Surprising but eye opener. Discourages practice of routine screening of a battery of investigations which may not henceforth be relevant at least until new evidences appear.
Routine Screening for Ischemic Heart Disease Risk Factors Doesn't Improve Clinical Outcomes — Physician’s First Watch
Routine Screening for Ischemic Heart Disease Risk Factors Doesn't Improve Clinical Outcomes
By Amy Orciari Herman
A large randomized trial in BMJ casts doubt on the benefits of routine screening for ischemic heart disease in the general population.
Some 60,000 Danish adults were randomized to an intervention or control group. Intervention participants were offered screening (e.g., questionnaires, physical exams, lipid profiles), risk assessment, and lifestyle counseling up to four times over 5 years. Those with unhealthy habits (e.g., smoking) underwent individual lifestyle counseling at all visits; those at high risk for ischemic heart disease could also receive group counseling. Controls were unaware of an ongoing intervention.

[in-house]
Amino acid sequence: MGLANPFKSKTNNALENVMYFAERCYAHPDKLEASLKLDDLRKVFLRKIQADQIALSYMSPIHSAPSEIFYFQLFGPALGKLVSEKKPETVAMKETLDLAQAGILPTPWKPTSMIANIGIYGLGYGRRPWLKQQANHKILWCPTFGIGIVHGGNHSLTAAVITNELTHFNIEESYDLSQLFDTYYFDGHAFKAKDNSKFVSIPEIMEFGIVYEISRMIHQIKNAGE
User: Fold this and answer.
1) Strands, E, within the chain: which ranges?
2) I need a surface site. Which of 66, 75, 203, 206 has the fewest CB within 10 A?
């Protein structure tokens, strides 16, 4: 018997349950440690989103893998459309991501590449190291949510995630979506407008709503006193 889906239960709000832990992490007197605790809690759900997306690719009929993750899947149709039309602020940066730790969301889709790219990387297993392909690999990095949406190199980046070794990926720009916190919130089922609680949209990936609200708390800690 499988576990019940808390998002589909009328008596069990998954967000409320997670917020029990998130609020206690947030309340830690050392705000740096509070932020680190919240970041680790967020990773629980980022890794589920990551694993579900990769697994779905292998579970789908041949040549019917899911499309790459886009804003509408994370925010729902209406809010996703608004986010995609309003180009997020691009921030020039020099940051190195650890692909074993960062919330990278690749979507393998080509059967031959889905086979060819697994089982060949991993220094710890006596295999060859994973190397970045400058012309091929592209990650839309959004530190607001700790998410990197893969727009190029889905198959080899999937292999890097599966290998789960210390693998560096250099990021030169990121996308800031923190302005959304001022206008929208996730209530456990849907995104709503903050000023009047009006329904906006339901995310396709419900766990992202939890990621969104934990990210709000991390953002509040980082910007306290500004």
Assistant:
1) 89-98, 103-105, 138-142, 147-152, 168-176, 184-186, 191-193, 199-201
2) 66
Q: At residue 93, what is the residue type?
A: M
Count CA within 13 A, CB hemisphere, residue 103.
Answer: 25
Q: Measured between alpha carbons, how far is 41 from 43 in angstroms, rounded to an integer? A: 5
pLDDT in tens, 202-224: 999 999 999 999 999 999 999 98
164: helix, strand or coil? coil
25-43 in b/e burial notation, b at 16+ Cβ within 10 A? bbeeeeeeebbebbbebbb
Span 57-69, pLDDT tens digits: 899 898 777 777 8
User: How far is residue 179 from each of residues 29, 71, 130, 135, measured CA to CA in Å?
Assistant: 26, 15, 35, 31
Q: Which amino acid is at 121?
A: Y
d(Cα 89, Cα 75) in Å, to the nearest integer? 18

Although intervention participants had significant improvements in lifestyle after 5 years, the 10-year incidence of ischemic heart disease, stroke, or total mortality did not differ significantly between the groups.
The authors conclude: "Systematic screening of the general population ... has, in this large randomized population-based study and in all previous similar studies, not been able to reduce the incidence of ischemic heart disease. Therefore, health checks with systematic screening and counseling cannot be recommended. Lifestyle counseling should continue in everyday practice but should not be implemented as a systematic program in the general population."